In general, choose an inverter with an output rating at least 20% higher than your largest single load.

## Get an Efficient, Durable Inverter

When comparing inverter options, make sure to consider:

• Efficiency Rating – Inverters waste some power converting DC to AC. Look for high efficiency models (90% and up).
• Surge Capacity – Can briefly provide up to 2-3x rated capacity.
• Protections – Overload, short circuit, high/low voltage, temperature protections.
• Durability – Robust casing and components resistant to weather, shocks, dust, etc.
• Warranty – At least 2-5 years on parts and labour.

Investing in a high-quality inverter from a reputable brand will provide reliable service for years to come.

## Get Professional Help Designing Your System

Properly sizing an inverter system can get complex quickly when factoring in all household loads, backup needs, surge capacities, battery storage, etc. Consulting with a qualified solar installer or electrical contractor is highly recommended.

The experts can:

• Conduct a full residential energy audit and analysis.
• Recommend the ideal inverter size and components for your unique needs.
• Ensure your electrical system can handle the inverter output.
• Install and integrate the inverter safely with batteries and panels (for solar setups).

While it may add to your upfront costs, having a professionally designed system will provide you with the best reliability, performance and return on your investment in the long run.

## Common Inverter Sizes for Whole House Power

As a general guideline, here are some typical inverter size ranges for powering an entire house:

Home Size Typical Inverter Size
Small cottage or cabin (500-1000 sq.ft.) 3-6 kW
Average 2-3 bedroom home (1500-2500 sq.ft.) 8-12 kW
Large 4+ bedroom home (3000+ sq.ft.) 12-20 kW

These provide a good reference point, but an accurate calculation based on your home’s specific loads and backup needs is always best.

### Inverter Sizing for Off-Grid Solar Systems

For a solar-powered off-grid house, the inverter size should match the solar array’s peak output capacity for the most efficient system design and energy harvest. Common solar array sizes for off-grid homes include:

• 4-8 kW array with 4-8 kW inverter for a small cottage or cabin.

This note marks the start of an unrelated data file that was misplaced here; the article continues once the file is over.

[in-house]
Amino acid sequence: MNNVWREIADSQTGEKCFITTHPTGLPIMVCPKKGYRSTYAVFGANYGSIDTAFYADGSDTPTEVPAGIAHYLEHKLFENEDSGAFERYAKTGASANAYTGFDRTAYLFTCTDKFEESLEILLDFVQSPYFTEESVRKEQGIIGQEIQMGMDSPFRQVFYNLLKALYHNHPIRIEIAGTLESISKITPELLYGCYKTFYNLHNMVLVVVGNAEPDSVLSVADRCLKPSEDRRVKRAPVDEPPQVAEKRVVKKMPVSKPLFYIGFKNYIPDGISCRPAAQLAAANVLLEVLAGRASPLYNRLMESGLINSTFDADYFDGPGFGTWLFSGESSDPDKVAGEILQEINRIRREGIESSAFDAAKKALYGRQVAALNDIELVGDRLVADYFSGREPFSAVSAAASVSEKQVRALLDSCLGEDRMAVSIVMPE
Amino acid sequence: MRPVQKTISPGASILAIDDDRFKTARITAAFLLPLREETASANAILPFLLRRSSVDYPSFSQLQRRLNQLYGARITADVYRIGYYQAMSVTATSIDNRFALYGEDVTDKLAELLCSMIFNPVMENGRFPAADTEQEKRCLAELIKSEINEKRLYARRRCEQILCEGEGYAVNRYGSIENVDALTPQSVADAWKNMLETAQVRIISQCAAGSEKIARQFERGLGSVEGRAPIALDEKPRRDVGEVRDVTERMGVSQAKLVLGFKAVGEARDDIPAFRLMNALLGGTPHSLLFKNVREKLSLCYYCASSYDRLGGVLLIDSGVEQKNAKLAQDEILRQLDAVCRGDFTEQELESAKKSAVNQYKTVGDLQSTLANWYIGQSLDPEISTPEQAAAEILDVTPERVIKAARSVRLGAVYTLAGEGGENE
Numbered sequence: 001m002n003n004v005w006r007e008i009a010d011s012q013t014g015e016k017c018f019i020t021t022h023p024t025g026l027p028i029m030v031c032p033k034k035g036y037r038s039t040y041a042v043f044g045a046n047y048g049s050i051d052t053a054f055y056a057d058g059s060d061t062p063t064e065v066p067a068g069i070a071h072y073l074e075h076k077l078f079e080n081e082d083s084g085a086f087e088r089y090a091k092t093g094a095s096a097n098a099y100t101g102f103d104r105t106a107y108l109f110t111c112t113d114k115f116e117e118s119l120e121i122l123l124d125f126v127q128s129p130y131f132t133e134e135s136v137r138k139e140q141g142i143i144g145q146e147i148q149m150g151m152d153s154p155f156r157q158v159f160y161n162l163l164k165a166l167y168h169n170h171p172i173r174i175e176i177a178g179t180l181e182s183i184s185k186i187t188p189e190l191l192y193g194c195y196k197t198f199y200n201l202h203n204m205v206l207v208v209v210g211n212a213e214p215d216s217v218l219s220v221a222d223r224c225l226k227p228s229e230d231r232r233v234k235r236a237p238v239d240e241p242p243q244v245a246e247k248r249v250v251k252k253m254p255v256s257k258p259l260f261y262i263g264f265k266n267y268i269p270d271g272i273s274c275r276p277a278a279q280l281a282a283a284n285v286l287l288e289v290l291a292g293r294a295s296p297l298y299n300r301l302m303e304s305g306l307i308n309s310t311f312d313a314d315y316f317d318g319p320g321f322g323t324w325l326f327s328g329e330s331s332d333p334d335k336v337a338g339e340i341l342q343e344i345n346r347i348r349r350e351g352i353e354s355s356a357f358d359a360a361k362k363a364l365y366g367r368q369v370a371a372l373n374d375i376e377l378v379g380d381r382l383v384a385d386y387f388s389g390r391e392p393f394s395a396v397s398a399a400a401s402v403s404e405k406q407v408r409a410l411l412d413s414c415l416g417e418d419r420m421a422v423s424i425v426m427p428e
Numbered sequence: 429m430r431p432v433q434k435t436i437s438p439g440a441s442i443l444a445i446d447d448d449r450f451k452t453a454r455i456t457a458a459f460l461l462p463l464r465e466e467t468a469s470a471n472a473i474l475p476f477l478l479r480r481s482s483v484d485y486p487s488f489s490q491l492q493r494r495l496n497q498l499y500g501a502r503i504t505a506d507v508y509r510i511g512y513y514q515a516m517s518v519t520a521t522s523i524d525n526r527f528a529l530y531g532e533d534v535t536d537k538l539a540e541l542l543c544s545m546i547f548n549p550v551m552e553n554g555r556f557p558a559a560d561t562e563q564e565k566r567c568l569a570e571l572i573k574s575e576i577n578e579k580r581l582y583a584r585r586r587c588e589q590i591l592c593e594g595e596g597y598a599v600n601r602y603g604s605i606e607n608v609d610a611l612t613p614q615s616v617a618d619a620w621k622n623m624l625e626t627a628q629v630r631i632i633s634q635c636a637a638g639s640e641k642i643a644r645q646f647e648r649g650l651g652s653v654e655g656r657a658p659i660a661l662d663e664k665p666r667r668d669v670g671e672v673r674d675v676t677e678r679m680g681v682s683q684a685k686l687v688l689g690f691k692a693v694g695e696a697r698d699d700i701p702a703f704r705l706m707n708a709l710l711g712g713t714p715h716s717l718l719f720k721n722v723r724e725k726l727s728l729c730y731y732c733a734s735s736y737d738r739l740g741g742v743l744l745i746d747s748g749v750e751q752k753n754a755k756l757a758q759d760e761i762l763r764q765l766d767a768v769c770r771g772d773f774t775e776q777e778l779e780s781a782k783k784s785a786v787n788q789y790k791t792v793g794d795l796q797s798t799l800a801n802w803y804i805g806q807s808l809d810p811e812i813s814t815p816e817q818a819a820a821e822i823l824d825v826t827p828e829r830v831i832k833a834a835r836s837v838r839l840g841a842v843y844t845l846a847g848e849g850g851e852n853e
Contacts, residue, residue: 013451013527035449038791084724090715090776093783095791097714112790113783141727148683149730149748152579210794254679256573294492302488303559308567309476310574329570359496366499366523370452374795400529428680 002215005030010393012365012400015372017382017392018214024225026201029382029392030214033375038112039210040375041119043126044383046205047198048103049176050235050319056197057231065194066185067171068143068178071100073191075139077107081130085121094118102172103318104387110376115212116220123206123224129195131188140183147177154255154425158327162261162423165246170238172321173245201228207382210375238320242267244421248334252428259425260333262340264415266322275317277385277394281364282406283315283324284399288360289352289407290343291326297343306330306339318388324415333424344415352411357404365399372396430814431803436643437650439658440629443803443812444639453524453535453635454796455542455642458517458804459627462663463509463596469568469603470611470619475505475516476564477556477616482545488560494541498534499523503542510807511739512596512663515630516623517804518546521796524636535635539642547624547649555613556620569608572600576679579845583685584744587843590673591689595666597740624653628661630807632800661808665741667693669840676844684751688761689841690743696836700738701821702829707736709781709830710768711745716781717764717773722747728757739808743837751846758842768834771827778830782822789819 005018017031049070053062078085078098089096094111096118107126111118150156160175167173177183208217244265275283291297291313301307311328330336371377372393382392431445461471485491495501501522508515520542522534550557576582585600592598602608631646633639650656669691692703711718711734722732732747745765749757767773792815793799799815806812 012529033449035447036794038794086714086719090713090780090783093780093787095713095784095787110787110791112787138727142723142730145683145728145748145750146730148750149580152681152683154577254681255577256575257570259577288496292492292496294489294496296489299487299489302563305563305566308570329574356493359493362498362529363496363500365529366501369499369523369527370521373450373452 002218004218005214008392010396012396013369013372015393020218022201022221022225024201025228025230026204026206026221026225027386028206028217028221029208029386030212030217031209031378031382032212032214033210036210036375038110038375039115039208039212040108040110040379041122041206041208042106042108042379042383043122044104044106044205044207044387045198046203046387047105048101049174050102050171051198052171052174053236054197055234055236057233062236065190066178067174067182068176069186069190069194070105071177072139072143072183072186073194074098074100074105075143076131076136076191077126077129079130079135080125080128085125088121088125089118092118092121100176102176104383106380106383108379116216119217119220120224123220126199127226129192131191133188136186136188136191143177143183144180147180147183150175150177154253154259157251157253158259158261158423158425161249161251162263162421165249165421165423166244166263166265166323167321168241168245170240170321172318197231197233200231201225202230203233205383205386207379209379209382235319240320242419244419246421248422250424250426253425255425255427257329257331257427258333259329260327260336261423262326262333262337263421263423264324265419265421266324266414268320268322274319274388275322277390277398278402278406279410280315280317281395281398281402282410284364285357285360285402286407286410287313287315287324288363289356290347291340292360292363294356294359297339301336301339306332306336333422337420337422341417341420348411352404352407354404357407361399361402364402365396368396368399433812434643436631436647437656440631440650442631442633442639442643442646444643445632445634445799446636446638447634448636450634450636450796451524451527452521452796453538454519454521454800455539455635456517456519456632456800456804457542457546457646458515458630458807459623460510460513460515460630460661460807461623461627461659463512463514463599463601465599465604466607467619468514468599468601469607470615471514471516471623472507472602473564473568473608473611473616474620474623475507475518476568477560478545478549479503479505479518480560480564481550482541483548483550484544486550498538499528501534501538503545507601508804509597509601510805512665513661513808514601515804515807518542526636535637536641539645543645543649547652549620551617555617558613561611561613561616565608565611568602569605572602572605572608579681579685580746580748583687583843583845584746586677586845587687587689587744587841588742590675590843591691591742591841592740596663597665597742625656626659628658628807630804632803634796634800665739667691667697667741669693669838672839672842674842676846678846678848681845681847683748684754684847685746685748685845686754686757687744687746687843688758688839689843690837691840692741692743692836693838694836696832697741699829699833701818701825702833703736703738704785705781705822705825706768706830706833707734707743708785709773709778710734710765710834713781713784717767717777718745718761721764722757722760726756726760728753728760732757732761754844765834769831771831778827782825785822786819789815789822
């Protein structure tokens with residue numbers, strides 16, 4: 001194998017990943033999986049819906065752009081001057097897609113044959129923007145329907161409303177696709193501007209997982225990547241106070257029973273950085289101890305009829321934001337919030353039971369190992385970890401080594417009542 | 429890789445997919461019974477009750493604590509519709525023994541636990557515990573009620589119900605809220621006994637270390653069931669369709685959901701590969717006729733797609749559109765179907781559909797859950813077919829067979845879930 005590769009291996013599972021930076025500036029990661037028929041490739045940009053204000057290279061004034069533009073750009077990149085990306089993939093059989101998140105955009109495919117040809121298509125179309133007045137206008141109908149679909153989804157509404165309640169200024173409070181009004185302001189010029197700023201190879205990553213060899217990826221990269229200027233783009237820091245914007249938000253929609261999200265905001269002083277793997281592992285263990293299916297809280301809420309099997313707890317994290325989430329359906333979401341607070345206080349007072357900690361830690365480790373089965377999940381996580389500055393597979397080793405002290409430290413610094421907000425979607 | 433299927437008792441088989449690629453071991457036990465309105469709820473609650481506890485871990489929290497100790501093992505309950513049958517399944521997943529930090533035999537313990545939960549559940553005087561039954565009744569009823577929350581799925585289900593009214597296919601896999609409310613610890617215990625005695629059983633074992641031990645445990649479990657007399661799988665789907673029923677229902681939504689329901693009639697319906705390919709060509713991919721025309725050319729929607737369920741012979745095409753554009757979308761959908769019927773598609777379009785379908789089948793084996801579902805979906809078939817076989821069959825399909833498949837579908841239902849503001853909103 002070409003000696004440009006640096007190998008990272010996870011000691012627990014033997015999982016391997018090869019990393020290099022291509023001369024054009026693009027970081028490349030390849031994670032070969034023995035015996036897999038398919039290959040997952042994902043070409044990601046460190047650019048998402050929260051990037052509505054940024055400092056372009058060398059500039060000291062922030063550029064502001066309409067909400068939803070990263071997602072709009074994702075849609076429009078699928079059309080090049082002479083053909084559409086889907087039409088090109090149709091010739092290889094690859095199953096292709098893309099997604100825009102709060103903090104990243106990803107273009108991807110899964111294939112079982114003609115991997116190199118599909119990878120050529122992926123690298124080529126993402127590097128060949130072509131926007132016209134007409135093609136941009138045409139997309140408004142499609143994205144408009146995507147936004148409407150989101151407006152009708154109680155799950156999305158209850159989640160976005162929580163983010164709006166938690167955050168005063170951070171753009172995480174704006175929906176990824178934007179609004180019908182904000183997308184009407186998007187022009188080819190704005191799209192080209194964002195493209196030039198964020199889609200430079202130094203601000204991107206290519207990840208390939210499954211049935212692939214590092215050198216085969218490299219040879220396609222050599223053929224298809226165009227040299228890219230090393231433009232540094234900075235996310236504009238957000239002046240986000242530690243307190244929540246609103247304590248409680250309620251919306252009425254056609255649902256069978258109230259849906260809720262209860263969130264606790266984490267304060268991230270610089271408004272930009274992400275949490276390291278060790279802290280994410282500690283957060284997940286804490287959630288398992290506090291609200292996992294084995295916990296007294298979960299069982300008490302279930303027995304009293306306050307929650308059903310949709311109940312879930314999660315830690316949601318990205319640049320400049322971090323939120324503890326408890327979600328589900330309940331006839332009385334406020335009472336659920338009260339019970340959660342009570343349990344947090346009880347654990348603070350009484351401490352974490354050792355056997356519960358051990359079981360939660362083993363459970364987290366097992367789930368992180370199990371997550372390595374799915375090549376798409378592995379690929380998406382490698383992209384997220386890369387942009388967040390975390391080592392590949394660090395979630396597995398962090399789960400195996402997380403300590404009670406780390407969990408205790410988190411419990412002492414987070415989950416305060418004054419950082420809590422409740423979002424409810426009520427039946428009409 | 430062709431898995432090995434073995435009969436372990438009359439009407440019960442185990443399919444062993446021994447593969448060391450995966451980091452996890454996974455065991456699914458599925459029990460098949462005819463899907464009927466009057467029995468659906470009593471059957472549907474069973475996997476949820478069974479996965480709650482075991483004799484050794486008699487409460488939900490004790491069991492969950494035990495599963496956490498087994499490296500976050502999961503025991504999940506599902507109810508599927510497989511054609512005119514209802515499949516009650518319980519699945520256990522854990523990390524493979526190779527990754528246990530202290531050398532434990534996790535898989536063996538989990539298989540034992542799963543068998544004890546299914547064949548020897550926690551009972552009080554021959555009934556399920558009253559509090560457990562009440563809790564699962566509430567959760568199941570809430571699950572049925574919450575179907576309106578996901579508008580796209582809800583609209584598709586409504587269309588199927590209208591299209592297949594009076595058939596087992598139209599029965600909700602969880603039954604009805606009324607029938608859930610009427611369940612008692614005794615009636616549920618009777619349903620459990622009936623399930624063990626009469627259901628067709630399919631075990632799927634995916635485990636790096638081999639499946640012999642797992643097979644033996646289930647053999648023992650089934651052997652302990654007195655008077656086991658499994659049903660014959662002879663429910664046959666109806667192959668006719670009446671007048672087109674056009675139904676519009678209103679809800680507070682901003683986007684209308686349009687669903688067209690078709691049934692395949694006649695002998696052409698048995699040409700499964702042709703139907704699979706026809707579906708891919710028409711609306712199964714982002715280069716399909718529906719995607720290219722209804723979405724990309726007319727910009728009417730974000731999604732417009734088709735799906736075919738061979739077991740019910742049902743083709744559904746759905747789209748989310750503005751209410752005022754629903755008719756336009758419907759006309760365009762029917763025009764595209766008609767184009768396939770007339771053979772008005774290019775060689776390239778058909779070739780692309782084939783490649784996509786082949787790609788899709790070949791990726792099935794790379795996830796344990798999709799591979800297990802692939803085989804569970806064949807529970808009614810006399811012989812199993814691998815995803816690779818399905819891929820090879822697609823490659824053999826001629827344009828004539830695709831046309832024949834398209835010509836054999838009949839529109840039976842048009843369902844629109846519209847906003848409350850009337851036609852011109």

• 8-15 kW array with 8-15 kW inverter for an average sized home.
• 15-25 kW array for larger luxury off-grid homes.

The solar panels, batteries and inverter should all be compatible and properly integrated for an optimally functioning renewable energy system.

### How do I know if my existing electrical panel can handle an inverter?

Your main electrical panel must have sufficient amperage capacity to safely deliver the added load from the inverter to your household circuits. Have an electrician inspect your panel to determine if upgrades are needed for the inverter size you plan to install.

### Should I get a stackable inverter system?

For large solar-powered houses, stackable inverters allow you to start small and add additional inverter units as your power needs grow. This provides flexibility and avoids oversizing initially. However, stackable systems are more complex to install and tune properly.

### Can I use an inverter and generator together?

Yes, an inverter system designed for generator backup will synchronize with your generator when it turns on and disconnect when not needed. This prevents damage to the inverter and provides uninterrupted power during changeover.

### What maintenance does an inverter need?

Inverters require very little routine maintenance. Just occasional dusting and checking wiring connections. Heat sinks and fans may need periodic cleaning. Check your owner’s manual for any maintenance recommendations from the manufacturer.

## Conclusion

Determining the optimal inverter size for a home’s energy needs takes careful calculation of daily loads, peak surge demands, and future expansion plans. While the process can be complex, an accurately sized inverter system pays off in the long run with abundant clean energy, reliable backup power, and optimal solar array utilization. Consult with experts and use the guidelines provided here when embarking on your inverter system project for a house.